Runners-up: USC, Washington State, West Virginia

Defensive line: Michigan Wolverines

It might feel sacrilegious not to go with an SEC team for the nation’s best D-line, whether that be Jonathan Allen-led Alabama or Myles Garrett-led Texas A&M, but the Wolverines return a starting front four that can stack up with any unit in the country. All four graded well versus the run last season, but it is their work as pass-rushers that really stands out. This year’s DEs Chris Wormley and Taco Charlton, and DT Maurice Hurst all ranked first or second in the nation, respectively, in pass-rush productivity at their position groups last season, while DT Ryan Glasgow ranked 18th. That is a ridiculously efficient group at getting pressure. None of those guys individually can stack up to Garrett, the highest-graded pass-rusher of the past two seasons among returning players, but collectively they are an absolute force.

Runner-up: Texas A&M

Linebackers: Alabama Crimson Tide

Our pick for the top position group in all of college football, the Crimson Tide are absolutely loaded at linebacker. Tim Williams and Ryan Anderson form the best edge-rushing duo in the country, ranking first and fifth, respectively, in pass-rush productivity among 3-4 outside linebackers last season. Williams’ 52 total pressures led the position group, despite having less than half the pass-rushing snaps of second-place Devonte Fields of Louisville. Teammate Reuben Foster ranked fifth in PFF grades among returning off-ball linebackers last season, meaning Bama is strong up the middle as well.

Secondary: Florida State Seminoles

This was another category in which it was difficult not to go with Bama, given the Tide’s outstanding cornerback duo of Marlon Humphrey and Minkah Fitzpatrick and one of the country’s best safeties in Eddie Jackson. But the presence of star true sophomore safety Derwin James puts the Seminoles over the top. He has the chance to be the nation’s best defensive player this season, after a 2015 campaign that saw him grade well as a pass-rusher, in coverage and against the run, earning the top grade among returning safeties. While he plays something of a hybrid role, occasionally moving into the slot and even serving as an edge rusher on occasion, he’ll be backed up by a free safety who graded well last season in Nate Andrews and play alongside new No. 1 corner Marquez White, whose 0.46 yards per coverage snap allowed average is the lowest among returning players.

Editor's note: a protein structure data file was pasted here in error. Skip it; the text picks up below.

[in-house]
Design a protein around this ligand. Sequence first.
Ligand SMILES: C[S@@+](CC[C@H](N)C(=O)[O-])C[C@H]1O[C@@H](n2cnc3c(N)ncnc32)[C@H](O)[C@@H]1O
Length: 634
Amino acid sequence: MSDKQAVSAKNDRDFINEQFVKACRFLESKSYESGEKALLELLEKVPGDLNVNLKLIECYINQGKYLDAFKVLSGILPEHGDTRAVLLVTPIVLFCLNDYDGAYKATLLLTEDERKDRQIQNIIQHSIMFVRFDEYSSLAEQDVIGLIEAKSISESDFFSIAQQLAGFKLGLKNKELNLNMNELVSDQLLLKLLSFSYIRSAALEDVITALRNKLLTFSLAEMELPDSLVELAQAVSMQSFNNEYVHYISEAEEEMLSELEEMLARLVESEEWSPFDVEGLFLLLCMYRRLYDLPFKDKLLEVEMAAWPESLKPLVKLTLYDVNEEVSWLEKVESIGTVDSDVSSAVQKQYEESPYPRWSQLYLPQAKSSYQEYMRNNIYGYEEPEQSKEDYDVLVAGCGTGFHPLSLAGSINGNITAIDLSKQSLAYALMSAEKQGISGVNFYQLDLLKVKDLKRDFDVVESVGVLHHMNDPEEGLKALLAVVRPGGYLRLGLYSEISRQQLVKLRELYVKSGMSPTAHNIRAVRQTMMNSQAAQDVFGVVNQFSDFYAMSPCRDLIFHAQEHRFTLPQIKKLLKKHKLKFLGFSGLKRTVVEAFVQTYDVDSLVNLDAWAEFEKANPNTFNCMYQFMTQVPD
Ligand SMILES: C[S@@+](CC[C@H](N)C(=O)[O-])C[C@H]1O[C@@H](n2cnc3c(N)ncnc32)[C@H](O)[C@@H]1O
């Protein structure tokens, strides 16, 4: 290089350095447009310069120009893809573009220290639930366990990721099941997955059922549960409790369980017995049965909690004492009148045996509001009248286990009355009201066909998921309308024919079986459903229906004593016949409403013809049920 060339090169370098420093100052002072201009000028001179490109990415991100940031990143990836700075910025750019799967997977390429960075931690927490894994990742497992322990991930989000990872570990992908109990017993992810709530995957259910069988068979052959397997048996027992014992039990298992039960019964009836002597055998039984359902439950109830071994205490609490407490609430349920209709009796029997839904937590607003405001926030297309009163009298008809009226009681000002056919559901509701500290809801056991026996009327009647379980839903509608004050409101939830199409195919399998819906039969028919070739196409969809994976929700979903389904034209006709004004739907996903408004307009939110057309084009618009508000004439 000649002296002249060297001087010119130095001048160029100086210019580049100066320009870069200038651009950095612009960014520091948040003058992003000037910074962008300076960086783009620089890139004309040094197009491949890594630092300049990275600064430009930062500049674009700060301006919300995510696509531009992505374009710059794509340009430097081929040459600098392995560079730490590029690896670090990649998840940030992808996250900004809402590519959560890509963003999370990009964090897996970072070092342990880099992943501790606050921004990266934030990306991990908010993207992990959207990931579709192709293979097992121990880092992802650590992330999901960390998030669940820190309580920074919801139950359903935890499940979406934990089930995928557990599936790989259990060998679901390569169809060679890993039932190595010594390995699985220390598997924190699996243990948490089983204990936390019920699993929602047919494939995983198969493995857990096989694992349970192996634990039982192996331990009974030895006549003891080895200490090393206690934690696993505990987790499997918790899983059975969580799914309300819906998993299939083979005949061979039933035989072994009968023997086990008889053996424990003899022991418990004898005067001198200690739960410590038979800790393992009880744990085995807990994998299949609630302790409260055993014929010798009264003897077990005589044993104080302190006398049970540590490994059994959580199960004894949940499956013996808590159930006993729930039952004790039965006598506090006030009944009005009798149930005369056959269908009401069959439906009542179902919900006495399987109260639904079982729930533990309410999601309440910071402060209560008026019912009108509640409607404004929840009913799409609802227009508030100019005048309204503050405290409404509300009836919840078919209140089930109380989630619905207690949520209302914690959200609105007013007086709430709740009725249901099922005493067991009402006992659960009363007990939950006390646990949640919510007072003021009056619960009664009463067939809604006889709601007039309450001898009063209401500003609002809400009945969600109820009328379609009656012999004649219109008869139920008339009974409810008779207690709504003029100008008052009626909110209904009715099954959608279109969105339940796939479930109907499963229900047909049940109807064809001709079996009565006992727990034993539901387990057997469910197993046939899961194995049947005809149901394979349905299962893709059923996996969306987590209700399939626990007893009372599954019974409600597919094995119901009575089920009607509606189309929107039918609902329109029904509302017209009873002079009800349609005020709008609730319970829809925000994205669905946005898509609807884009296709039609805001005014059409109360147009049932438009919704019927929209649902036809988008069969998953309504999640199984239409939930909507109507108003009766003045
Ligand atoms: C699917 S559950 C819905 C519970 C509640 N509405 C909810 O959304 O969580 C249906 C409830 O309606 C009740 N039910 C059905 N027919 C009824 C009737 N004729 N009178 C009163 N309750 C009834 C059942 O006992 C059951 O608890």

Runner-up: Alabama

 

| Editor-in-Chief

Jeff is the Editor-in-Chief of PFF, and a regular contributor to The Washington Post's NFL coverage. He previously worked as the editor for ESPN Insider's NFL, Fantasy, and College Football coverage.

  • larry mckinney

    Isn’t this PRO football focus? I understand the interest in soon-to-be pro athletes, but cannot see why I would want info on position groups. How does that relate to PRO football? And why are these Brits missing the All-American tradition of overdoing everything? Ya know, the new website, “COLLEGE football focus.”

    • larry mckinney

      Of course, that will only be the first step toward reaching HIGH SCHOOL football focus and PEEWEE football focus. America needs this!